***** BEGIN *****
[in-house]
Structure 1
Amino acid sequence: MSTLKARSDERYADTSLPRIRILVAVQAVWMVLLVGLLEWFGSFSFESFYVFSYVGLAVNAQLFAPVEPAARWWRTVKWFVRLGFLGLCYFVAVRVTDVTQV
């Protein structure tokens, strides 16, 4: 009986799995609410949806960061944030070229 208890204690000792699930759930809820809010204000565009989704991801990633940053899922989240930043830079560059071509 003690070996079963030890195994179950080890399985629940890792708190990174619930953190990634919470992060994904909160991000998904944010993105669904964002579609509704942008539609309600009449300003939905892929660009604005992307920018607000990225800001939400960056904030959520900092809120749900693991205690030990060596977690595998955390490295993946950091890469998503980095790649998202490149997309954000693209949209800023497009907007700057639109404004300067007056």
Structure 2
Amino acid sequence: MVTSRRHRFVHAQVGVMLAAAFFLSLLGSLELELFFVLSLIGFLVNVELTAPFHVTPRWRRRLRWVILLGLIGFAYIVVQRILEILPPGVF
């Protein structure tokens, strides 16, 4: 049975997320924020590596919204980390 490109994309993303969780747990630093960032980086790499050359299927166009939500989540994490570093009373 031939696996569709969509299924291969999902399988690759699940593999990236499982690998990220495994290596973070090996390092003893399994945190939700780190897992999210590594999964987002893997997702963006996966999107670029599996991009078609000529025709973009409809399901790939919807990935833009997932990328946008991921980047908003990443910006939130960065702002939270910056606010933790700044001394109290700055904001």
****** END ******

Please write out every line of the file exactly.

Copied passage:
[in-house]
Structure 1
Amino acid sequence: MSTLKARSDERYADTSLPRIRILVAVQAVWMVLLVGLLEWFGSFSFESFYVFSYVGLAVNAQLFAPVEPAARWWRTVKWFVRLGFLGLCYFVAVRVTDVTQV
């Protein structure tokens, strides 16, 4: 009986799995609410949806960061944030070229 208890204690000792699930759930809820809010204000565009989704991801990633940053899922989240930043830079560059071509 003690070996079963030890195994179950080890399985629940890792708190990174619930953190990634919470992060994904909160991000998904944010993105669904964002579609509704942008539609309600009449300003939905892929660009604005992307920018607000990225800001939400960056904030959520900092809120749900693991205690030990060596977690595998955390490295993946950091890469998503980095790649998202490149997309954000693209949209800023497009907007700057639109404004300067007056």
Structure 2
Amino acid sequence: MVTSRRHRFVHAQVGVMLAAAFFLSLLGSLELELFFVLSLIGFLVNVELTAPFHVTPRWRRRLRWVILLGLIGFAYIVVQRILEILPPGVF
């Protein structure tokens, strides 16, 4: 049975997320924020590596919204980390 490109994309993303969780747990630093960032980086790499050359299927166009939500989540994490570093009373 031939696996569709969509299924291969999902399988690759699940593999990236499982690998990220495994290596973070090996390092003893399994945190939700780190897992999210590594999964987002893997997702963006996966999107670029599996991009078609000529025709973009409809399901790939919807990935833009997932990328946008991921980047908003990443910006939130960065702002939270910056606010933790700044001394109290700055904001």